Councils call for 'fair' reform to house subsidy scheme
Talks to overhaul a scheme which subsidises the upkeep of council homes should result in a "fairer" system, local government leaders say.
Welsh councils paid £73m into a central fund in the last financial year.
The money was raised from rent on council homes and from the sale of land or housing.
The Treasury and Welsh government are negotiating about reforming the housing revenue account (HRA) after it was scrapped in England.
The money is paid by councils to the Treasury and reallocated to help authorities maintain their housing stock.
The subsidy is paid according to need, so councils with homes in a poor state benefit the most.
In April last year the scheme was scrapped in England. In return, English councils took on a share of the national housing debt, estimated at around £25bn.
It meant English authorities took full control of how they spend their income from housing.
The changes did not apply in Wales, leaving the 11 Welsh councils that still own their housing stock continuing to pay into the HRA.
It is understood talks between the Welsh government and Treasury on overhauling the system centre on the amount of debt that Welsh councils will have to take on.
Opposition parties in the assembly have previously voiced concern about the scheme, saying up to a billion pounds has been paid in which could have been directly spent on improving housing in Wales.
A recent report by the assembly's public accounts committee found Wales' social housing stock of around 221,000 homes was failing to meet minimum standards.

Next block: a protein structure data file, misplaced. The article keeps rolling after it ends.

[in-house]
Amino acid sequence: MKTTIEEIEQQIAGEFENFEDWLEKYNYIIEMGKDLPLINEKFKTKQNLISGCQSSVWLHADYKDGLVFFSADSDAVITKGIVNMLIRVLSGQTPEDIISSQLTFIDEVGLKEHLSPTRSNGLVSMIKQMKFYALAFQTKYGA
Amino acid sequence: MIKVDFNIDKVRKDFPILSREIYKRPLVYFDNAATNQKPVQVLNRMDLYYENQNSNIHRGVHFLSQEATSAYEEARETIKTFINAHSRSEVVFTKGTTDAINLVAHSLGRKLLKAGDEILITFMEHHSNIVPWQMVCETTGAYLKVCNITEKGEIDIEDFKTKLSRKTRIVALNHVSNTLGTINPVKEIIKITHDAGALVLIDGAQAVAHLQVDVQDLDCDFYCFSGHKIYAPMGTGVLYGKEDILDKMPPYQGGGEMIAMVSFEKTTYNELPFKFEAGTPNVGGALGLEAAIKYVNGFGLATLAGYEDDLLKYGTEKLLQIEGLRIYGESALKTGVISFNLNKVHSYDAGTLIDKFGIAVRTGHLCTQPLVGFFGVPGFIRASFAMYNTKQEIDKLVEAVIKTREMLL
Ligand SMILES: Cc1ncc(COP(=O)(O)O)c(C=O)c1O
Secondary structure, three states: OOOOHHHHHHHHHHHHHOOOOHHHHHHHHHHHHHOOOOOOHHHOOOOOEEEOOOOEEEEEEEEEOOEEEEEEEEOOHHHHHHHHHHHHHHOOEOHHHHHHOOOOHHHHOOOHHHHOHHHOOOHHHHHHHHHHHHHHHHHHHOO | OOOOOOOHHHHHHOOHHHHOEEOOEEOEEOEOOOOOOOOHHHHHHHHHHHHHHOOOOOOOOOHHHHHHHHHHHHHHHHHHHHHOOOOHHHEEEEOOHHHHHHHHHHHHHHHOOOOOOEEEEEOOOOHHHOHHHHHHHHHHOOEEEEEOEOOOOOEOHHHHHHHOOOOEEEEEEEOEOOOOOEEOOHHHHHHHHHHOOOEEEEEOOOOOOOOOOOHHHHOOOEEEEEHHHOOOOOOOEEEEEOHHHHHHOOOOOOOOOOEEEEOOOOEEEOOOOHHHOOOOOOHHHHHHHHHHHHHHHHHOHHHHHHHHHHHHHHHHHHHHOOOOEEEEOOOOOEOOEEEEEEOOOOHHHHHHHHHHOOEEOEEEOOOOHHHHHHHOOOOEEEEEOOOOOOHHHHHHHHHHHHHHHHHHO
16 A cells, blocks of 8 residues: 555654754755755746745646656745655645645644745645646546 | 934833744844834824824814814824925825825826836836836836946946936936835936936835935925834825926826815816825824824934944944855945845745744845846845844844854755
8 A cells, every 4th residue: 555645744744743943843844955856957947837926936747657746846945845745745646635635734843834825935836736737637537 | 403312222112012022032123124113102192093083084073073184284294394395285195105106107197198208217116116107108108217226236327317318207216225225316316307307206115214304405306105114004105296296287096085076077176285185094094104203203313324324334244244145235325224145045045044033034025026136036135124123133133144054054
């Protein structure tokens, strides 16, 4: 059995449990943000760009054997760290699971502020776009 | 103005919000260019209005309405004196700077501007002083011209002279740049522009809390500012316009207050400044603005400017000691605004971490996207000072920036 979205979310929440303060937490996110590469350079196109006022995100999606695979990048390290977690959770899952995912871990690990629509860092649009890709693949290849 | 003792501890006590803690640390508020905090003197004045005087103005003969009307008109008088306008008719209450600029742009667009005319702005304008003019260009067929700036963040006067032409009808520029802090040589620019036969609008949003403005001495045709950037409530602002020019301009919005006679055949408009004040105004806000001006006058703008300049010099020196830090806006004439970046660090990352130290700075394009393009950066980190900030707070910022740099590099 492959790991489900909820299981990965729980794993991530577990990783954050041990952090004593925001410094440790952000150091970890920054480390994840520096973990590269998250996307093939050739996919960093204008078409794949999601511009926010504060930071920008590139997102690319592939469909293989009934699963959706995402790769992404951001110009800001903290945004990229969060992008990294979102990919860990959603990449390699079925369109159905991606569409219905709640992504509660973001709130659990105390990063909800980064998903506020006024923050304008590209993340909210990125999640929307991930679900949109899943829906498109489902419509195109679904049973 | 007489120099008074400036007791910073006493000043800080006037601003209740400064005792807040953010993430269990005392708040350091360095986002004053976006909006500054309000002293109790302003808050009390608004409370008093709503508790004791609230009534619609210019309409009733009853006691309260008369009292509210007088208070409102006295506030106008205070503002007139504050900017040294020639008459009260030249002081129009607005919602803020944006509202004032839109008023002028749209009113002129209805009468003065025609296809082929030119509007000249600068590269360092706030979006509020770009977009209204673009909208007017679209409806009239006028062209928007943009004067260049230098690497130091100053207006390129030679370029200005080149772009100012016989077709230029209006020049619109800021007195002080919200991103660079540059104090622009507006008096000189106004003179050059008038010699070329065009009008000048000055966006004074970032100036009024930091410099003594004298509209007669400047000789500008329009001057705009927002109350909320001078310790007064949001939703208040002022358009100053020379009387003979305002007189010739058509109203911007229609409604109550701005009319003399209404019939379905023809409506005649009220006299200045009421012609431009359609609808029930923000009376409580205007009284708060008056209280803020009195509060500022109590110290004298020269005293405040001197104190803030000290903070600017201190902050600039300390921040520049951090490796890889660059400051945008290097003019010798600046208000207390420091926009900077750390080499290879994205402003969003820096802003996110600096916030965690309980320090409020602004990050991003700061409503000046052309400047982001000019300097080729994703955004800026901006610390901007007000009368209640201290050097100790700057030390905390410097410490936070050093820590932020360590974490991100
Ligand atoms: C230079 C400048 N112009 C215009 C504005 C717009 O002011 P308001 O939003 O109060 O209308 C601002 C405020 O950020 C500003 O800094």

Eleven councils have transferred control of all their housing stock to housing associations.
The other 11 that still own stock and which pay into the HRA are Flintshire, Vale of Glamorgan, Caerphilly, Swansea, Wrexham, Cardiff, Carmarthenshire, Denbighshire, Anglesey, Pembrokeshire and Powys.
In a statement the Welsh Local Government Association (WLGA) said: "The WLGA has supported the reform of the HRA system in Wales for some time and hopes that the ongoing negotiations between Welsh government and HM Treasury will lead to a fairer system being developed for Wales."
Community Housing Cymru, which represents housing associations, said it also supported reform.
Chief executive Nick Bennett said: "The reform wouldn't just stop a 'negative subsidy' to HM Treasury.
"I hope it would also be accompanied by borrowing powers for local authorities that would allow investment in Welsh housing stock - particularly in local authorities which have decided not to transfer stock to housing associations."
The Welsh government spokesperson said it was committed to achieving "the best possible outcome for Wales".